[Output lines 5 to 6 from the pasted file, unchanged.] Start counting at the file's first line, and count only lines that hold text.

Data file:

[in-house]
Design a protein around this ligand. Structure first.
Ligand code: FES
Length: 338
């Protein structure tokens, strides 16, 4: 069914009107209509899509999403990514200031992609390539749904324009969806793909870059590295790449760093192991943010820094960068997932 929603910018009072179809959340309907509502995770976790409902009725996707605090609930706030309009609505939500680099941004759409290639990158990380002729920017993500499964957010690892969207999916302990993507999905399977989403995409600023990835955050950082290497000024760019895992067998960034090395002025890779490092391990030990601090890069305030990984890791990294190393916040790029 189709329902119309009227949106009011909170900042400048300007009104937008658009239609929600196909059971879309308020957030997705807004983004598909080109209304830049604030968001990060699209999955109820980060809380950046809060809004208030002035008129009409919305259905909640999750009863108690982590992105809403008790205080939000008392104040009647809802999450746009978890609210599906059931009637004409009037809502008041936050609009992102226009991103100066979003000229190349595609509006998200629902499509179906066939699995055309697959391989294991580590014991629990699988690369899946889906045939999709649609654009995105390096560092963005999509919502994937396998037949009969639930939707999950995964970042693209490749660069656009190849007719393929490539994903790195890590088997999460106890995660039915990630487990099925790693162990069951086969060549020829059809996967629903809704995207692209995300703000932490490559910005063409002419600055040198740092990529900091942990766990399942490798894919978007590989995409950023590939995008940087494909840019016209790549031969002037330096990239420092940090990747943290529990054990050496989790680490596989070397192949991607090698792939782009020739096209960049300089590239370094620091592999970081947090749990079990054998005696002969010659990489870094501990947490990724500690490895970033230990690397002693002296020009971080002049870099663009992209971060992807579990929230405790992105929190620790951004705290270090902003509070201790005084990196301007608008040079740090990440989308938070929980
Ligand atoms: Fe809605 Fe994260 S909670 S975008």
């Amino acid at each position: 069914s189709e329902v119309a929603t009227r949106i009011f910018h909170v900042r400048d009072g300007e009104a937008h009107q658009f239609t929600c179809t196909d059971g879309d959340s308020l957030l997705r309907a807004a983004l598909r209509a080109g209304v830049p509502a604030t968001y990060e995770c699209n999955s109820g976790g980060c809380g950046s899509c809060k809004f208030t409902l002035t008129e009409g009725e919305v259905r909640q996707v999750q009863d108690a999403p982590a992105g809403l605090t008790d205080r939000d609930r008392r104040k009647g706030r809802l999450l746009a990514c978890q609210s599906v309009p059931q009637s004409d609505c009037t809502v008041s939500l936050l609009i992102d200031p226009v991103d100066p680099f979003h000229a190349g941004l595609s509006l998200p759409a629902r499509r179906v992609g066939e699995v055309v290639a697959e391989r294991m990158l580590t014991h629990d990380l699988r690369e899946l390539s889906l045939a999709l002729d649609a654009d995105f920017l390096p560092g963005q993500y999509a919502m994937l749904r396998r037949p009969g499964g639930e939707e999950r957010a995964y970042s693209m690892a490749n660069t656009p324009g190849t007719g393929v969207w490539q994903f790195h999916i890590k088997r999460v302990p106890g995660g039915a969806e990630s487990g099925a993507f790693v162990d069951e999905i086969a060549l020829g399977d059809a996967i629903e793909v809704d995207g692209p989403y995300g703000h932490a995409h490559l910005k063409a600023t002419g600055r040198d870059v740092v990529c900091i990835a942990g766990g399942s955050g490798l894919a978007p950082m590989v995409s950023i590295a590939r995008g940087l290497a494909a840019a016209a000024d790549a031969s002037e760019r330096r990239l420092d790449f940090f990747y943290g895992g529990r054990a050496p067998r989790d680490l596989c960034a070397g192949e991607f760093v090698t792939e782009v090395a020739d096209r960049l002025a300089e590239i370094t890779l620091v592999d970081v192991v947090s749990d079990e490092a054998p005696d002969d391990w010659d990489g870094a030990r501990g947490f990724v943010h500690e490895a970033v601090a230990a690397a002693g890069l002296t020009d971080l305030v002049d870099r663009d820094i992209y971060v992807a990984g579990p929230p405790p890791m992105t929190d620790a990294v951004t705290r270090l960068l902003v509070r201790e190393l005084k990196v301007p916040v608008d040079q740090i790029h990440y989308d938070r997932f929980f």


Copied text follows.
């Protein structure tokens, strides 16, 4: 069914009107209509899509999403990514200031992609390539749904324009969806793909870059590295790449760093192991943010820094960068997932 929603910018009072179809959340309907509502995770976790409902009725996707605090609930706030309009609505939500680099941004759409290639990158990380002729920017993500499964957010690892969207999916302990993507999905399977989403995409600023990835955050950082290497000024760019895992067998960034090395002025890779490092391990030990601090890069305030990984890791990294190393916040790029 189709329902119309009227949106009011909170900042400048300007009104937008658009239609929600196909059971879309308020957030997705807004983004598909080109209304830049604030968001990060699209999955109820980060809380950046809060809004208030002035008129009409919305259905909640999750009863108690982590992105809403008790205080939000008392104040009647809802999450746009978890609210599906059931009637004409009037809502008041936050609009992102226009991103100066979003000229190349595609509006998200629902499509179906066939699995055309697959391989294991580590014991629990699988690369899946889906045939999709649609654009995105390096560092963005999509919502994937396998037949009969639930939707999950995964970042693209490749660069656009190849007719393929490539994903790195890590088997999460106890995660039915990630487990099925790693162990069951086969060549020829059809996967629903809704995207692209995300703000932490490559910005063409002419600055040198740092990529900091942990766990399942490798894919978007590989995409950023590939995008940087494909840019016209790549031969002037330096990239420092940090990747943290529990054990050496989790680490596989070397192949991607090698792939782009020739096209960049300089590239370094620091592999970081947090749990079990054998005696002969010659990489870094501990947490990724500690490895970033230990690397002693002296020009971080002049870099663009992209971060992807579990929230405790992105929190620790951004705290270090902003509070201790005084990196301007608008040079740090990440989308938070929980
Ligand atoms: Fe809605 Fe994260 S909670 S975008």